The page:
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Interreligious Dialogue is Extremely Important

16 November 2014

Pope Francis, Austrian President Heinz Fischer Discuss KAICIID Dialogue Centre. file

His Holiness Pope Francis I and Austrian President Heinz Fischer discussed KAICIID during a private audience in Rome on Thursday 13 November 2014. 
 

Speaking to the media after the meeting, President Fischer said: “Yes, there was talk of the Centre, because it has been discussed in the recent past and because the Vatican is on the Board (and) on the Council of Parties of this institution”.

“Our consensus is that a Dialogue Centre of this nature makes sense, that there is enough work for such a Centre to carry out, and that this work should be carried out, and that this work should naturally be carried out in full independence and impartiality among the various religions.”

In a different interview, President Fischer was cited as saying, "We agreed that this problem’s assessment should not be based on the current situation, but should be considered objectively and in the longer term. The Pope said that one should not make hasty decisions, and should bring the discussion back on the right track.”

The Holy See is a Founding Observer of the KAICIID Dialogue Centre, and is part of the Council of Parties of the Centre, together with Austria, Saudi Arabia and Spain. 

Reverend Father Miguel Ayuso, of the Pontifical Council for Interreligious Dialogue at the Vatican, is a valued member of the Board of Directors of KAICIID. The KAICIID Board of Directors is made up of representatives from five major world religions: Buddhism, Christianity, Hinduism, Islam, and Judaism.

Last week, the Dialogue Centre announced that it was convening a meeting of religious leaders and policymakers to fuse a united front against violence in the name of religion, especially in the context of the recent crisis in Iraq and Syria.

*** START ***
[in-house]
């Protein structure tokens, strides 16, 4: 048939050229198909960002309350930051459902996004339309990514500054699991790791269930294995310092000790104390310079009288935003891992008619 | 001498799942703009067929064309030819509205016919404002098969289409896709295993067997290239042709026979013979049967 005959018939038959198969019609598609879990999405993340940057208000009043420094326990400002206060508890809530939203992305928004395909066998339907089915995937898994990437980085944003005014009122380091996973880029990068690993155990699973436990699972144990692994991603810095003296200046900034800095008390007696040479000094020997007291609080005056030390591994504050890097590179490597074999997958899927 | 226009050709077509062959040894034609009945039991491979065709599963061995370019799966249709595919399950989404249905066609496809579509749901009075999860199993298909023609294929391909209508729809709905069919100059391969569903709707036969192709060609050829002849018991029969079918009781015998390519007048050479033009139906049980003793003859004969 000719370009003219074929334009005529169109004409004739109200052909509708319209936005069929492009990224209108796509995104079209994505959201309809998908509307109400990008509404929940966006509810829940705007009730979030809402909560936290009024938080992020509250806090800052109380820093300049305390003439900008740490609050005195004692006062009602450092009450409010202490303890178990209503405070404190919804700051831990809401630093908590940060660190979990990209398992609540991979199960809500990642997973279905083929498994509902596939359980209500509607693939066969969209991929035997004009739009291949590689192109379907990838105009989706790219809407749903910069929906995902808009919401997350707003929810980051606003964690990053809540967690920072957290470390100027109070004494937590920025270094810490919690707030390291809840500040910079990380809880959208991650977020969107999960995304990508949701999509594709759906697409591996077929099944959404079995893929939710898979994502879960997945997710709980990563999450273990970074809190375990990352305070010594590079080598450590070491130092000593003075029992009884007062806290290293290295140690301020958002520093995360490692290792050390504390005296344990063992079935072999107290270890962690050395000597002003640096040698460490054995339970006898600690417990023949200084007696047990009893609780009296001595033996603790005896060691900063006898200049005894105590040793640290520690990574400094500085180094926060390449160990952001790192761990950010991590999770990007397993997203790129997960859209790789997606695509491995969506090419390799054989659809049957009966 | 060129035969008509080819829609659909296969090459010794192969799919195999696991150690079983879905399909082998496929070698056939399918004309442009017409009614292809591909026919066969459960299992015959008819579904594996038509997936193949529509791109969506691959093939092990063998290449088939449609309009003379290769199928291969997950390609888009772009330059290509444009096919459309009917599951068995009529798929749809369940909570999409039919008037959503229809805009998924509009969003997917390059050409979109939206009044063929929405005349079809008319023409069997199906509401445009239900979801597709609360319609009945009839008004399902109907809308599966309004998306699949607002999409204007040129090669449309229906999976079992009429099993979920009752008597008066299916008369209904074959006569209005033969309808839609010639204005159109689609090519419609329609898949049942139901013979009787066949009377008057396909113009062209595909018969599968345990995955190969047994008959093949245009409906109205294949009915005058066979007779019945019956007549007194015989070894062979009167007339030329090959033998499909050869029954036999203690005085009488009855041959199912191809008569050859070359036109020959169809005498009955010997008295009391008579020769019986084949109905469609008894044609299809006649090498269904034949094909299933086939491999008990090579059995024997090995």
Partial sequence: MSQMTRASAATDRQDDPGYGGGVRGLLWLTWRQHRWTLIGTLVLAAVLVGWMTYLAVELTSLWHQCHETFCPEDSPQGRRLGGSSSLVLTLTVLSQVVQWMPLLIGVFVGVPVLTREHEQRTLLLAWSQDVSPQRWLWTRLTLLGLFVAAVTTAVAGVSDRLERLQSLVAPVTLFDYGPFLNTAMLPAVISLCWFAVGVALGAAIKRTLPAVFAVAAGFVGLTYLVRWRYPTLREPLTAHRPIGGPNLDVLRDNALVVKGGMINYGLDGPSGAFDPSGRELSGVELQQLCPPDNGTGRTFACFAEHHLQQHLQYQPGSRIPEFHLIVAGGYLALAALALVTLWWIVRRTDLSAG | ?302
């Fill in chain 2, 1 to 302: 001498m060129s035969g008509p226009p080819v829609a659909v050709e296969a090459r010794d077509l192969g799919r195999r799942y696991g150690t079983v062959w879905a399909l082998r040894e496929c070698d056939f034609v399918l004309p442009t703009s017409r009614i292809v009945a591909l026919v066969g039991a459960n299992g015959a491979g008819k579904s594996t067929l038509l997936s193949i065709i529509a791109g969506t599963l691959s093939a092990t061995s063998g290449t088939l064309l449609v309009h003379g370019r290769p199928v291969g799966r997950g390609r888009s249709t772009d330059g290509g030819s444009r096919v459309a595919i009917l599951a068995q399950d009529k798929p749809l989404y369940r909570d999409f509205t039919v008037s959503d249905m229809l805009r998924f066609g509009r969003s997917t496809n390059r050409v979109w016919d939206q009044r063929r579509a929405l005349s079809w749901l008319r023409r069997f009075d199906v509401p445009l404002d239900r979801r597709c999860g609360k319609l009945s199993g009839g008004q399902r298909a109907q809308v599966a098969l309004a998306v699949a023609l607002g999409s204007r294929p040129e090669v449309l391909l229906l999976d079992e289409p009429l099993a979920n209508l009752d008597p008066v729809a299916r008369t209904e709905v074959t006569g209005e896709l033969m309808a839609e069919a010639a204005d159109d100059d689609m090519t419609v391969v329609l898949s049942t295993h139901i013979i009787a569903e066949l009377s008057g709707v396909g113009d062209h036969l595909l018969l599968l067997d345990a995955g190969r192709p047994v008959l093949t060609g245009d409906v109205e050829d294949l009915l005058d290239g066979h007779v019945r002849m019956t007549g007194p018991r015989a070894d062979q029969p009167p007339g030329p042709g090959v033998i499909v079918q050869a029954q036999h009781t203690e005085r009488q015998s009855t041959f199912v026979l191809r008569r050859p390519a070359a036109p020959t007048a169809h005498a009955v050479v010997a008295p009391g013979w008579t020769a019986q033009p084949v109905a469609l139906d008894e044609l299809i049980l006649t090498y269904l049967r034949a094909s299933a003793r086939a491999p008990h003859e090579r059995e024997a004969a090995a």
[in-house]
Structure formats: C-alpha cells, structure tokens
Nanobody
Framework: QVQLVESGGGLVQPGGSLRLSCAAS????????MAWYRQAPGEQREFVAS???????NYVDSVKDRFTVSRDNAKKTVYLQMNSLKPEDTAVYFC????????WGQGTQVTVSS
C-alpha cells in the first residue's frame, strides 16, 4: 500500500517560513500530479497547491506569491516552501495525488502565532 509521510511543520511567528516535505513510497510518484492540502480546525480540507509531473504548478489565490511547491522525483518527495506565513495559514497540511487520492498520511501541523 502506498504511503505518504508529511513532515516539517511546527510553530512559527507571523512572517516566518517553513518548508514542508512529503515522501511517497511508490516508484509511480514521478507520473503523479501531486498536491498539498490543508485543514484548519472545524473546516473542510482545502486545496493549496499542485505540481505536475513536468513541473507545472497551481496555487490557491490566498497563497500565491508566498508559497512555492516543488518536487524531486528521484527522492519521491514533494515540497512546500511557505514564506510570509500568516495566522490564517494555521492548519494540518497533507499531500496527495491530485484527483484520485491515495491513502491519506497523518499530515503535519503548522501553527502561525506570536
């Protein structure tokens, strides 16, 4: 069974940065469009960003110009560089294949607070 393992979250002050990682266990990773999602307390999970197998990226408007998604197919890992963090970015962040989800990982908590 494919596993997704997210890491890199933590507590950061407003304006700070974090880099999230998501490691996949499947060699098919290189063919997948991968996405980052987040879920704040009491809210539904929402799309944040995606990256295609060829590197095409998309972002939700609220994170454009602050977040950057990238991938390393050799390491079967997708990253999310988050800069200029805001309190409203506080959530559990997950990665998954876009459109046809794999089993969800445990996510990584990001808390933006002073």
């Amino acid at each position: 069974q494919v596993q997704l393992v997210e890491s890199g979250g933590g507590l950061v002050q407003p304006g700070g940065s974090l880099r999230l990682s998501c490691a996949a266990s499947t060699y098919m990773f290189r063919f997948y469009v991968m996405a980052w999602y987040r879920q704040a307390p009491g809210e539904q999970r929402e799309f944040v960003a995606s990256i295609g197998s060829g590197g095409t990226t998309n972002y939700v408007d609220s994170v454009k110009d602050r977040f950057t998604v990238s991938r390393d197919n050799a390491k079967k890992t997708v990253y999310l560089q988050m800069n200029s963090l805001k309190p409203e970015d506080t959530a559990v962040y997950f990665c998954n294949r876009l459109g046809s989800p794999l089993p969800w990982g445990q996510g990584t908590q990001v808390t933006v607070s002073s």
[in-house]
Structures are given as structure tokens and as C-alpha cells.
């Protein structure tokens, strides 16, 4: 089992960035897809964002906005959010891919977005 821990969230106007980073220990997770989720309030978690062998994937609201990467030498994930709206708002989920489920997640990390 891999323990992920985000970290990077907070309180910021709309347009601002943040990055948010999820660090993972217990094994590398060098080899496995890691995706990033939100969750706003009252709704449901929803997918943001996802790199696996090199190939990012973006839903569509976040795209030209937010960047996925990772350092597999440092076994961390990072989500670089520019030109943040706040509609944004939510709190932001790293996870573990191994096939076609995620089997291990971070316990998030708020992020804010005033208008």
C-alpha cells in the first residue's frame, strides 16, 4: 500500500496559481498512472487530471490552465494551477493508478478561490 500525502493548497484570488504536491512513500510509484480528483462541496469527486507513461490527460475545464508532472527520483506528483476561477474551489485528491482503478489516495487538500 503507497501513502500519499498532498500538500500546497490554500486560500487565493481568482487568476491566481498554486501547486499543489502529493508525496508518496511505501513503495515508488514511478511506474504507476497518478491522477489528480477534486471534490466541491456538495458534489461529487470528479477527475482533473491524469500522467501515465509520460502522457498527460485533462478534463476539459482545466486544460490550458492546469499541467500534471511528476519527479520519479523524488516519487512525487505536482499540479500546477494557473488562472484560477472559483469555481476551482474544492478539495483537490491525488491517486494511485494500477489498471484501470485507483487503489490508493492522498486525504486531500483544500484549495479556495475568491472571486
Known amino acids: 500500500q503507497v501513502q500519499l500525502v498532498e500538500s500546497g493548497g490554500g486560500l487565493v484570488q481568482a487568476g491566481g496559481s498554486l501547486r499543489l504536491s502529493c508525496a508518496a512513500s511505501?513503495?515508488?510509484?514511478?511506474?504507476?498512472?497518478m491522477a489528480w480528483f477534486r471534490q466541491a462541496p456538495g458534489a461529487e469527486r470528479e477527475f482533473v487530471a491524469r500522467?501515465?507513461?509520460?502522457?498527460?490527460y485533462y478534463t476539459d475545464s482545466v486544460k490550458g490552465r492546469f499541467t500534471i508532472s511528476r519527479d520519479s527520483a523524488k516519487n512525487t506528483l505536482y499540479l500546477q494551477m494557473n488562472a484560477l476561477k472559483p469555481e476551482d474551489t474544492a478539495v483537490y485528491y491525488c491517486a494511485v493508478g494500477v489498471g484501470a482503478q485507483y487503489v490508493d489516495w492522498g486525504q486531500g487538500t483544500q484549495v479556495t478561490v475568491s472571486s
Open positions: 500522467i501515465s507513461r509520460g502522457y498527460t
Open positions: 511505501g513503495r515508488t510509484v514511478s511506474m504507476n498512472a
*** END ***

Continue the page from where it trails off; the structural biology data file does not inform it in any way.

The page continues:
This is the first time that such a large number of high level religious leaders and policymakers meet to speak in one voice against the manipulation of religion.

 

ABOUT KAICIID

The King Abdullah Bin Abdulaziz International Centre for Interreligious and Intercultural Dialogue, or KAICIID, was established as an international organization in November 2012 to facilitate dialogue among followers of different religions and cultures. KAICIID organizes training, workshops, conferences and educational programmes, and support the mediation of conflict. KAICIID carries out activities under the oversight of a multireligious Board of Directors and its Council of Parties, comprised of the governments of Austria, Saudi Arabia and Spain, as well as the Holy See, the Founding Observer. 

Under the Establishment Agreement that was endorsed by KAICIID’s Member States, KAICIID’s mandate is to use dialogue to promote justice, peace and reconciliation and to counteract the abuse of religion to justify oppression, violence and conflict. The Dialogue Centre promotes peace by serving as a forum to bring together followers of different faiths and cultures, support the mediation of conflict, provide training in interreligious dialogue techniques to foster social cohesion and peaceful coexistence, convene conferences, and cooperate with organisations with similar goals.

In pursuit of these goals, the Dialogue Centre reaffirms the purposes and principles enshrined in the Universal Declaration of Human Rights. To support conflict resolution, and promote mutual respect and understanding among different religious and cultural groups, the Dialogue Centre seeks to combat all forms of discrimination and of stereotyping based on religion or belief. Organized violence that targets civilians, people of faith, and places of worship, is a form of extreme discrimination on the basis of religion.

KAICIID was established as an international organization in November 2012. Its activities are carried out under the oversight of a multireligious Board of Directors and its Council of Parties, comprised of the governments of Austria, Saudi Arabia and Spain, as well as the Holy See, the Founding Observer.

KAICIID was created specifically to facilitate collaboration between governance, religion and civil society, and to mobilize and support the world’s religious leaders to act for the common good.